Frequently Asked Questions
Q: What is in Roosevelt hospital birthing center?
A: The Birthing Center at Roosevelt Hospital is Manhattan’s first in-hospital birthing center. Since opening its doors in 1996, the Birthing Center has offered all the freedom and comfort of a home birth, while ensuring that total medical support is standing by just a floor away. The birthing center rooms are homelike and beautiful, complete with hardwood floors, spa-sized jacuzzi and shower. Here, you may manage your own labor in the way that helps you most. Most women labor in a hydrotherapy tub and give birth in bed. There are no restrictions on the number or age of supporters that may share this experience with you.While epidural anesthesia cannot be given in the birthing center, all other pain relief options are available. In case of difficulties that may arise during labor and delivery, the birthing center is only a floor away from the latest equipment and the most highly trained maternal-fetal medicine specialists.
Q: How are mothers and babies monitored at BC? What equipment and medications are used?
A: During labor, we check the mother’s vital signs routinely. We also use a doppler to monitor the fetal heart rate. This unobtrusive method of fetal monitoring is proven to be effective, and (unlike continuous or intermittent electronic fetal monitoring) does not restrict the laboring mother’s ability to move freely. We are able to offer intravenous fluids and medications, but we do not use IVs unless there is an indication. Our clients are encouraged to eat and drink during labor.
We do not offer pharmacological pain relief or labor augmentation. We do use medications to provide GBS prophylaxis, facilitate the delivery of the placenta, reduce postpartum bleeding, and suture lacerations under a local anesthesia. We also have the equipment required to provide supplemental oxygen and suctioning. However, these interventions are used only as needed.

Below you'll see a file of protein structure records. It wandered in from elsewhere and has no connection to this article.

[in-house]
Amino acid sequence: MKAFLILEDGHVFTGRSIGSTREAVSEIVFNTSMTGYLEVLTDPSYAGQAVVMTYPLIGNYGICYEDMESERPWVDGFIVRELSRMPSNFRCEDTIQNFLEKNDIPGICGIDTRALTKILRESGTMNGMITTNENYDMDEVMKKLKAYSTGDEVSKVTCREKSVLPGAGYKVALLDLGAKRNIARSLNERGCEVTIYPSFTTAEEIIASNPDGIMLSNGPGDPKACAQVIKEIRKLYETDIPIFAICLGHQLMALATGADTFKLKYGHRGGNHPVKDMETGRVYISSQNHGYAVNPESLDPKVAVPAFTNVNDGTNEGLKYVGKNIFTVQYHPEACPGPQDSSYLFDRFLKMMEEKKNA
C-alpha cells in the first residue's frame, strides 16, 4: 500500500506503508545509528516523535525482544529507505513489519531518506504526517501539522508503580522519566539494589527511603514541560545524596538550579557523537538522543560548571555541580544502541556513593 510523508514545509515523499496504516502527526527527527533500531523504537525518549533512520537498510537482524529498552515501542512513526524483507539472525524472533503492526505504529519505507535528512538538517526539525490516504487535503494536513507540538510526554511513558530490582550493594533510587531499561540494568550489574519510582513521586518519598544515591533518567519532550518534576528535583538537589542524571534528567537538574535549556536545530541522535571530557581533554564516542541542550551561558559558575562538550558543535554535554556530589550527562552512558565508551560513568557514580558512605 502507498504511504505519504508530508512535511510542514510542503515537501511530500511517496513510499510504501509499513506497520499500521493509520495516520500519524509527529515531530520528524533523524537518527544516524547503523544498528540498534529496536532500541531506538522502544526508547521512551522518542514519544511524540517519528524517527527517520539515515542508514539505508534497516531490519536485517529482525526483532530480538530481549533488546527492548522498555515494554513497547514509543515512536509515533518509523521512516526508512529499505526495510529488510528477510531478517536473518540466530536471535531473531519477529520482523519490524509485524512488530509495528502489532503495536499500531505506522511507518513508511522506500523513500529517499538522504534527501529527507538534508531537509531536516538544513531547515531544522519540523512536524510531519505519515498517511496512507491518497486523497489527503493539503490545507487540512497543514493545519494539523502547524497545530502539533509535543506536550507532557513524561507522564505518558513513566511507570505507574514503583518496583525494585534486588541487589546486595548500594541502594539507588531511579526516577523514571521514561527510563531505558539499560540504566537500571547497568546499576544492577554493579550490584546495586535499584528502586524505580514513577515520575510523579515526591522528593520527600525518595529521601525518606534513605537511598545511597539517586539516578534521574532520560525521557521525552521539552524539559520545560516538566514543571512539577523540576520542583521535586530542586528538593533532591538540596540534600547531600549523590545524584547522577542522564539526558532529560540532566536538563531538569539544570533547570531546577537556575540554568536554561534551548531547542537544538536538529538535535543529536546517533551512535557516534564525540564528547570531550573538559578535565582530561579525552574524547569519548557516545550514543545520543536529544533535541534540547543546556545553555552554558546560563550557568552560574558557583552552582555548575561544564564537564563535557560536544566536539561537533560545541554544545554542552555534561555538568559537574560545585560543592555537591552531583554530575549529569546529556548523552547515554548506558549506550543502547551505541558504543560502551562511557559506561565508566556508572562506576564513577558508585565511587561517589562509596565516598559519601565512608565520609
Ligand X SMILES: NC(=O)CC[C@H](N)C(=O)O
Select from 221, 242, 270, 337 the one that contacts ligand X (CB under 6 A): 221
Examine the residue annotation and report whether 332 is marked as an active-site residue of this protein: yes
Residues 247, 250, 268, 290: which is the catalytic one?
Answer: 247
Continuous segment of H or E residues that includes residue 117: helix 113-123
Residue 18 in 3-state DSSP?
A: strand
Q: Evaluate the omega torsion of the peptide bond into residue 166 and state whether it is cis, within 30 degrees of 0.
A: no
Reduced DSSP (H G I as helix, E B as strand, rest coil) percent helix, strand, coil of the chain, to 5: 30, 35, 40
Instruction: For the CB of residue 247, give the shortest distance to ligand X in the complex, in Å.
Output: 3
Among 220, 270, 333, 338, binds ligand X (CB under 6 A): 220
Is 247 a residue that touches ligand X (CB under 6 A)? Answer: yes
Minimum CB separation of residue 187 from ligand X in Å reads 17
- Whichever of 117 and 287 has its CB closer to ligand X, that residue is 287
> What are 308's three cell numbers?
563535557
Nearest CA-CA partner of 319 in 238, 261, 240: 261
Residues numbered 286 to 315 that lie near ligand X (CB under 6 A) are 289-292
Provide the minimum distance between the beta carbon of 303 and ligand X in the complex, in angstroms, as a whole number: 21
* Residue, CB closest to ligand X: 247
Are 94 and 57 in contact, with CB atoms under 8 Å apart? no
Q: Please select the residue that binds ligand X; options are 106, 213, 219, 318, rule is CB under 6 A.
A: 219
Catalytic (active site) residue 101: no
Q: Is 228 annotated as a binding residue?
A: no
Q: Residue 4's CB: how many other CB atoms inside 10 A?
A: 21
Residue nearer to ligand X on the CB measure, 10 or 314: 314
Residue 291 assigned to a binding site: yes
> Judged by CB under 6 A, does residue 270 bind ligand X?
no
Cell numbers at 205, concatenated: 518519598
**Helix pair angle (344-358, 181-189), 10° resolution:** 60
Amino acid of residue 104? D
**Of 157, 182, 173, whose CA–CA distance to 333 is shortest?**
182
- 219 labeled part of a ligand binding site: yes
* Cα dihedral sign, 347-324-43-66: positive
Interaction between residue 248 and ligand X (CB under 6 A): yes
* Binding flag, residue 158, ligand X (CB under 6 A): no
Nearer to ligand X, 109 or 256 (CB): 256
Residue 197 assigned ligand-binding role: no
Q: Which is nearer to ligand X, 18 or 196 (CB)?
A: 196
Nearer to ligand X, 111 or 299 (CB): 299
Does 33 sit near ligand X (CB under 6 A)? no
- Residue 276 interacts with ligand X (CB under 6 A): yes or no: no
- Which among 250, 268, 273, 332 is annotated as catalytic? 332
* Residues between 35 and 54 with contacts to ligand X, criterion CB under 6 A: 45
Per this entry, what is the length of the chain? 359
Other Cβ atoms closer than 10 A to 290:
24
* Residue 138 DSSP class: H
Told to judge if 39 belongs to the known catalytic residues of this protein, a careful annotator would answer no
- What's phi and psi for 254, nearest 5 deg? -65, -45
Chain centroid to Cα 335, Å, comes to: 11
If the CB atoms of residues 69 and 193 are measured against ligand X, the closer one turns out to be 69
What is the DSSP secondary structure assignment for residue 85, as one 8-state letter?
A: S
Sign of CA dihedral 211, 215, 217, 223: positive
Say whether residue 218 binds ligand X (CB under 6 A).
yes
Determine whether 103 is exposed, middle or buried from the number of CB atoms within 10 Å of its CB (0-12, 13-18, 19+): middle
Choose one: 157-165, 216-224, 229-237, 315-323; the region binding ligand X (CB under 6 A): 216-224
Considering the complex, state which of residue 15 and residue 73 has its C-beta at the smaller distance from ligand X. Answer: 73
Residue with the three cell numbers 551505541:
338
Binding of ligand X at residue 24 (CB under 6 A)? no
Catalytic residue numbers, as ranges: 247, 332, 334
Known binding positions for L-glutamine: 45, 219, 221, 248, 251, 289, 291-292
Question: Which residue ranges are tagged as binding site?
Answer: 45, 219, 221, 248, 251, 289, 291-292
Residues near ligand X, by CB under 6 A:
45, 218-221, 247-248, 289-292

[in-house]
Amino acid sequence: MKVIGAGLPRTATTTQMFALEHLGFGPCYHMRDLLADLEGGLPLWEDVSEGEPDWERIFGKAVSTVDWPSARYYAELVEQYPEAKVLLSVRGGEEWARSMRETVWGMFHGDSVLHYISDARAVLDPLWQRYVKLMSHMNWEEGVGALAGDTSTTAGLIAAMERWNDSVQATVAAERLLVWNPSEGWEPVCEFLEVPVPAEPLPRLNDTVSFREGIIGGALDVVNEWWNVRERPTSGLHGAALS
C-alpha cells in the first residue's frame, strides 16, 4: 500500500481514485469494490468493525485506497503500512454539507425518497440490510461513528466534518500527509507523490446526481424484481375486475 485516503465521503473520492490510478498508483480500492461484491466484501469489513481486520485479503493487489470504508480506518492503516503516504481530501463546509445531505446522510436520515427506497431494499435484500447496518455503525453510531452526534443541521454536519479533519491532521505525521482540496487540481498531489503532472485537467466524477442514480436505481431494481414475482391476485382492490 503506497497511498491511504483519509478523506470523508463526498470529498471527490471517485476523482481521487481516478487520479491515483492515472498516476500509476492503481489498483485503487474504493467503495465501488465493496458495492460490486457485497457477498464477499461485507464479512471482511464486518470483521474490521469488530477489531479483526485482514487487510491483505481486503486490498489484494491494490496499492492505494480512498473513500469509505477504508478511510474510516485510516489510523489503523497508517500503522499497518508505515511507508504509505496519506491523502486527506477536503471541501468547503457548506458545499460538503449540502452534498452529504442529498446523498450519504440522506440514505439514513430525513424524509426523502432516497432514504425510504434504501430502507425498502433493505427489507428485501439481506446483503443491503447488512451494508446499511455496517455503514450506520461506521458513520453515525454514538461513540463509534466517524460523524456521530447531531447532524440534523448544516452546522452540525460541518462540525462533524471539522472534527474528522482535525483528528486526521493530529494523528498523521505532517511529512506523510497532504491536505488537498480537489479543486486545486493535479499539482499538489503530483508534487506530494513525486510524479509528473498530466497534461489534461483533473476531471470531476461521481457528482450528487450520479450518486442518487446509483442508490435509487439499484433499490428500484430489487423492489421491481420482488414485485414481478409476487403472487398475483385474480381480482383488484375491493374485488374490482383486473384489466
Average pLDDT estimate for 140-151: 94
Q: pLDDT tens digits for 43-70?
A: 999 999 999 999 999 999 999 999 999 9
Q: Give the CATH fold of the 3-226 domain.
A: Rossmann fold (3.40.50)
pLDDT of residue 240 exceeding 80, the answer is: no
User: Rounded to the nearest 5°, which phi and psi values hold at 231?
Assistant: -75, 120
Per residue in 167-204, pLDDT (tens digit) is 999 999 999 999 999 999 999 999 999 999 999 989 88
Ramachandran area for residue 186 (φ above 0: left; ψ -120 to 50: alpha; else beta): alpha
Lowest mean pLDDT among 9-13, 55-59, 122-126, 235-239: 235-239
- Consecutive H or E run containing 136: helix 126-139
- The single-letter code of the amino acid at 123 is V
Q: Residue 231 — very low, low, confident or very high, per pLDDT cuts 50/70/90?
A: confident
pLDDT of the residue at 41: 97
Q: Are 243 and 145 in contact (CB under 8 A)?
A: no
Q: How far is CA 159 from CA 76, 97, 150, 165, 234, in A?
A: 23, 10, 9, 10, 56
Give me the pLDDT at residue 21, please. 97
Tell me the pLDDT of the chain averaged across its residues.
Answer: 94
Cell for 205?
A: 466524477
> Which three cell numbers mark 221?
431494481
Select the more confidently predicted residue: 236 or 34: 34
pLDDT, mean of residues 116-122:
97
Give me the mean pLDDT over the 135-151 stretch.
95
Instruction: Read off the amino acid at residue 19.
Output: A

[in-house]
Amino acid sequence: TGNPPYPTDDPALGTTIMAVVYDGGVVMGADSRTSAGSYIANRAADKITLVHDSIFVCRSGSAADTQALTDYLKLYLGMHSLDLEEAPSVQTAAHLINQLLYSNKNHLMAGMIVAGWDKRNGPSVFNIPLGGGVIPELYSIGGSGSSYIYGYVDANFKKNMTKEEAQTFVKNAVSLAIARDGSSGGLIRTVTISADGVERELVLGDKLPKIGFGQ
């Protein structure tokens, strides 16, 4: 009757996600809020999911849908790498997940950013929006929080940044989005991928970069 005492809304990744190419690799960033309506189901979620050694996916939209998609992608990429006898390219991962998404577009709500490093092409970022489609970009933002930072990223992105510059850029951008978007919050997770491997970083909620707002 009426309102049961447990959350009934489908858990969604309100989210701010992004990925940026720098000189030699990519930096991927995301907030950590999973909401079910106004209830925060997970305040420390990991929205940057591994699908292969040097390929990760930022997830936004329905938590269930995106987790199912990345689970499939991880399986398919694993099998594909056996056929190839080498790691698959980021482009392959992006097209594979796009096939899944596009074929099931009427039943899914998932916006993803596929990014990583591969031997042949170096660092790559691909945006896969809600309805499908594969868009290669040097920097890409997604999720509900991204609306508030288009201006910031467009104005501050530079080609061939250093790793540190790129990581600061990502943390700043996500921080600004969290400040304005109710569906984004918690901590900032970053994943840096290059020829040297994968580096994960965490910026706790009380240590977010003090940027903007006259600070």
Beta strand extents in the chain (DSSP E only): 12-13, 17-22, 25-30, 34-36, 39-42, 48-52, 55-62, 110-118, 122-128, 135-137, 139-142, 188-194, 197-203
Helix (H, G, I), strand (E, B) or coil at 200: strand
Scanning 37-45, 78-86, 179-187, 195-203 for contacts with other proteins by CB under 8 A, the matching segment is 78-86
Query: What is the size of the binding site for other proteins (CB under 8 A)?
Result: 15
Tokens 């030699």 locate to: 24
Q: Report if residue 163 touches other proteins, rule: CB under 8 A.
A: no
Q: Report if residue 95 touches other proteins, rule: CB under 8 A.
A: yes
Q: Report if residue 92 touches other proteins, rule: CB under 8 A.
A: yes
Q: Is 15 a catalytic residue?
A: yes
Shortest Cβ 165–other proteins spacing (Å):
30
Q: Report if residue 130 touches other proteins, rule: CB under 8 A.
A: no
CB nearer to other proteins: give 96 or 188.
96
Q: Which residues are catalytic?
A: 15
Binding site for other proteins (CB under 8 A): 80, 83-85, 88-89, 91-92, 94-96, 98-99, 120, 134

In the absence of complications, we immediately place newborns skin-to-skin on the mother’s chest to promote bonding and breastfeeding. Mothers and newborns usually remain skin-to-skin until the first breastfeeding is complete or as long as desired. All routine procedures (such as monitoring vital signs) can be performed while the mother and baby are skin-to-skin.
Q: What if a complication emerges during my pregnancy or labor?
A: Most healthy, low-risk clients are able to birth in our comfortable, private, home-like birthing center. Occasionally, our midwives and consulting physicians determine that a hospital L&D birth would be safer for an individual client or her baby. This determination may be made during the course of prenatal care, or while the client is in labor. In case of difficulties that may arise during labor and delivery, the birthing center is only a floor away from the latest equipment and
Our midwives have hospital L&D privileges, meaning they are able to manage normal deliveries and catch babies at Roosevelt hospital L&D.
Q: What if I decide I would prefer to birth in a hospital?
A: Our patients deliver at Roosevelt Hospital with a choice of the beautiful Birthing Center and the state-of-the-art OB Suite.
Q: Do you accept clients who are planning a VBAC (vaginal birth after a cesarean section)?
A: Yes, We do accept client who are planning a VBAC.
Q: Do I need to find a doula? What about a childbirth education class?
A: You are encouraged to choose a doula (a person who can support you during labor and delivery).
We find that clients who attend a childbirth education class are more confident and comfortable during labor. This is especially important for clients planning a natural birth. Therefore, all BC clients are required to attend a childbirth education class.
Roosevelt Hospital hosts a variety of classes and support groups for expecting families and new moms.
Q: Do you accept insurance?